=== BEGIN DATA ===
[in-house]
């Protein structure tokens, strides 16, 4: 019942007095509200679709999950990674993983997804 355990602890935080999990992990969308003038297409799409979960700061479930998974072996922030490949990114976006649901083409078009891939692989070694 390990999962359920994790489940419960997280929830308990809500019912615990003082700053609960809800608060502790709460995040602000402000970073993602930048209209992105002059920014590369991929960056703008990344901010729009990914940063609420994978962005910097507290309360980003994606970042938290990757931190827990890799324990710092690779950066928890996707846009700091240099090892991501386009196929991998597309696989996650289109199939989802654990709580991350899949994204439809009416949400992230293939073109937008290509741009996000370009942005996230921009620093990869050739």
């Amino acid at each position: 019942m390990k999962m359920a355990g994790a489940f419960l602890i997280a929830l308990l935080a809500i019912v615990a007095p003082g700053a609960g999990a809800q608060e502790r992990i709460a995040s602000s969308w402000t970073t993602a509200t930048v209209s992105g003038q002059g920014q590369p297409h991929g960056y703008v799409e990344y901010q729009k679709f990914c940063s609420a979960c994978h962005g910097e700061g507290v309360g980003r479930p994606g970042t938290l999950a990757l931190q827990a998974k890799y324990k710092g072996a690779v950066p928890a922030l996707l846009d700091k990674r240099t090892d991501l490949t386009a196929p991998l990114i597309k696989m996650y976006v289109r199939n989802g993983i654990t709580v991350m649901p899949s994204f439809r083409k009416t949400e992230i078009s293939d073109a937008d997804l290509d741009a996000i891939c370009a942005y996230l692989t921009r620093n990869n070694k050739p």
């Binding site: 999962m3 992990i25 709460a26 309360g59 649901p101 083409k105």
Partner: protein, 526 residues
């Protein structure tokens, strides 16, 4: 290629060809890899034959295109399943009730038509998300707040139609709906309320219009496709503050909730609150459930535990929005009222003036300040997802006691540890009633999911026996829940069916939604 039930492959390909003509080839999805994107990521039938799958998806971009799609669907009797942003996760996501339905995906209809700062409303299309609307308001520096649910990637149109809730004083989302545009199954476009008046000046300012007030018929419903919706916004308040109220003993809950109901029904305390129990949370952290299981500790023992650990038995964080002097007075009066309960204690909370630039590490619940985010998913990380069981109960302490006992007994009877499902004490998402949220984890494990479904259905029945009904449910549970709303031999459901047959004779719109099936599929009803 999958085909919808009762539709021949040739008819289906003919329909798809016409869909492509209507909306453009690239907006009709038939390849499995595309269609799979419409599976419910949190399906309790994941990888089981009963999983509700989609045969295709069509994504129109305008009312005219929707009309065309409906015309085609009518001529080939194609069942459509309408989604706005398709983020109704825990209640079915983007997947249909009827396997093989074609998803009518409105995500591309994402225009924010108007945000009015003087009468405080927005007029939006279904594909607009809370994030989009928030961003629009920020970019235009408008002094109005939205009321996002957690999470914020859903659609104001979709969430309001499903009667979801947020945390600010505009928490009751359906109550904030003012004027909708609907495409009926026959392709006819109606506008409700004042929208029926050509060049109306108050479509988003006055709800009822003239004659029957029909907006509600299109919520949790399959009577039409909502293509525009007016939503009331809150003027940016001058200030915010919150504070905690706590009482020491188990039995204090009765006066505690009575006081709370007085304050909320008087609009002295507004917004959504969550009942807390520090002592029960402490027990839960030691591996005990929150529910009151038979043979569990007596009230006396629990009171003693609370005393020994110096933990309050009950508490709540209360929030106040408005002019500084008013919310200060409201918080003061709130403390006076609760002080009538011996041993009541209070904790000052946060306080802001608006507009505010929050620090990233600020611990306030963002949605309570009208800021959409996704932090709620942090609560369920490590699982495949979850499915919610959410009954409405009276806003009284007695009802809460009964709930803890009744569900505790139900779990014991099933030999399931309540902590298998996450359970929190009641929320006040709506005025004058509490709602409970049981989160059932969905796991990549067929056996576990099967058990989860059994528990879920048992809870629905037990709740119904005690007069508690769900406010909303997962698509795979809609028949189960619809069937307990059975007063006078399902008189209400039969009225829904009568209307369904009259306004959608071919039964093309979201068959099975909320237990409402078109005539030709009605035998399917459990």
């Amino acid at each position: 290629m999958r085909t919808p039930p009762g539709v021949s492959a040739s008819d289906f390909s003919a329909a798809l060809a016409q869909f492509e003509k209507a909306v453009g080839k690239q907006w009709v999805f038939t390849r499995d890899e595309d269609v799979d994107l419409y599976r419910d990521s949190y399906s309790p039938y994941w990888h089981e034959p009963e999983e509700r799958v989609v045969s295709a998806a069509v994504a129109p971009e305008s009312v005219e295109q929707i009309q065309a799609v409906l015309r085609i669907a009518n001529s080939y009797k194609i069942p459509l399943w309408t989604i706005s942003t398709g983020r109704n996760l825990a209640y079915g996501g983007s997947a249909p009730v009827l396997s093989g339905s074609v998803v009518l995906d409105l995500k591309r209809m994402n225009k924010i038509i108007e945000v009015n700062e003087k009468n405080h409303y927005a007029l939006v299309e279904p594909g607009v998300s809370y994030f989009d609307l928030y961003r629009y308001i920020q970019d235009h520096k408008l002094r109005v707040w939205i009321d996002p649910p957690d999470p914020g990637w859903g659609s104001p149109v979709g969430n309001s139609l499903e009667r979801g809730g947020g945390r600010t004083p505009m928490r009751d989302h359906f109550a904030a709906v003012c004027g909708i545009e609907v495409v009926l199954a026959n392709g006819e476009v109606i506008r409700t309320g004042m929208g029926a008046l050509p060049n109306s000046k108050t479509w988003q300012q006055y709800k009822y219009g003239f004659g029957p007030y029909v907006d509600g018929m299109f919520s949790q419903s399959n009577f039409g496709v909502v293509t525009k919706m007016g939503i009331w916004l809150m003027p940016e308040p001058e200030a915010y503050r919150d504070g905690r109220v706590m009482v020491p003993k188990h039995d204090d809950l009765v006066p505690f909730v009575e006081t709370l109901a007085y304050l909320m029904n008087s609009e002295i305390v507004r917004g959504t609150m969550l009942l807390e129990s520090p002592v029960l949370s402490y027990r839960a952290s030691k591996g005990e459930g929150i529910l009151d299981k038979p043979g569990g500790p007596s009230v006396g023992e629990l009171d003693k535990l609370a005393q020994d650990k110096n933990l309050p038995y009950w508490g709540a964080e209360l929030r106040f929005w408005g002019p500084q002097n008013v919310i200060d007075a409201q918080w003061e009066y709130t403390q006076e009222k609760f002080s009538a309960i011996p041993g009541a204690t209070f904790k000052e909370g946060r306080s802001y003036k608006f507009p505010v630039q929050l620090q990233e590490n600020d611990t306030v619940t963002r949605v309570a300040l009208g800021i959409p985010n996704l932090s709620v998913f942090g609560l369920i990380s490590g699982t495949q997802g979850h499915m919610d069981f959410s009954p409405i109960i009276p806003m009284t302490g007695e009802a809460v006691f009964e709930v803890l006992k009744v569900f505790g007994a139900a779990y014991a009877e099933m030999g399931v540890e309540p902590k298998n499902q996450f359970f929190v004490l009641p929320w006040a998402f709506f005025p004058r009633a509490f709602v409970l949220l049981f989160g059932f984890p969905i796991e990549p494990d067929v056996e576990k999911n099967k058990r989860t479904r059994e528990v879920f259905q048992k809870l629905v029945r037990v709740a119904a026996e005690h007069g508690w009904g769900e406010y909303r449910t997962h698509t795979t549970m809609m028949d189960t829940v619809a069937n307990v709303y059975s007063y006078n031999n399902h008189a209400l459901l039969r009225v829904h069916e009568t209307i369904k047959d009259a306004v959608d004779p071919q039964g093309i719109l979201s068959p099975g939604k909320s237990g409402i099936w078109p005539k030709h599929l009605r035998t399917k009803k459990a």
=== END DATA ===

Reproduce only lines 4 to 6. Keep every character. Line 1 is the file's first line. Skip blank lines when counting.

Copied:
């Binding site: 999962m3 992990i25 709460a26 309360g59 649901p101 083409k105």
Partner: protein, 526 residues
């Protein structure tokens, strides 16, 4: 290629060809890899034959295109399943009730038509998300707040139609709906309320219009496709503050909730609150459930535990929005009222003036300040997802006691540890009633999911026996829940069916939604 039930492959390909003509080839999805994107990521039938799958998806971009799609669907009797942003996760996501339905995906209809700062409303299309609307308001520096649910990637149109809730004083989302545009199954476009008046000046300012007030018929419903919706916004308040109220003993809950109901029904305390129990949370952290299981500790023992650990038995964080002097007075009066309960204690909370630039590490619940985010998913990380069981109960302490006992007994009877499902004490998402949220984890494990479904259905029945009904449910549970709303031999459901047959004779719109099936599929009803 999958085909919808009762539709021949040739008819289906003919329909798809016409869909492509209507909306453009690239907006009709038939390849499995595309269609799979419409599976419910949190399906309790994941990888089981009963999983509700989609045969295709069509994504129109305008009312005219929707009309065309409906015309085609009518001529080939194609069942459509309408989604706005398709983020109704825990209640079915983007997947249909009827396997093989074609998803009518409105995500591309994402225009924010108007945000009015003087009468405080927005007029939006279904594909607009809370994030989009928030961003629009920020970019235009408008002094109005939205009321996002957690999470914020859903659609104001979709969430309001499903009667979801947020945390600010505009928490009751359906109550904030003012004027909708609907495409009926026959392709006819109606506008409700004042929208029926050509060049109306108050479509988003006055709800009822003239004659029957029909907006509600299109919520949790399959009577039409909502293509525009007016939503009331809150003027940016001058200030915010919150504070905690706590009482020491188990039995204090009765006066505690009575006081709370007085304050909320008087609009002295507004917004959504969550009942807390520090002592029960402490027990839960030691591996005990929150529910009151038979043979569990007596009230006396629990009171003693609370005393020994110096933990309050009950508490709540209360929030106040408005002019500084008013919310200060409201918080003061709130403390006076609760002080009538011996041993009541209070904790000052946060306080802001608006507009505010929050620090990233600020611990306030963002949605309570009208800021959409996704932090709620942090609560369920490590699982495949979850499915919610959410009954409405009276806003009284007695009802809460009964709930803890009744569900505790139900779990014991099933030999399931309540902590298998996450359970929190009641929320006040709506005025004058509490709602409970049981989160059932969905796991990549067929056996576990099967058990989860059994528990879920048992809870629905037990709740119904005690007069508690769900406010909303997962698509795979809609028949189960619809069937307990059975007063006078399902008189209400039969009225829904009568209307369904009259306004959608071919039964093309979201068959099975909320237990409402078109005539030709009605035998399917459990």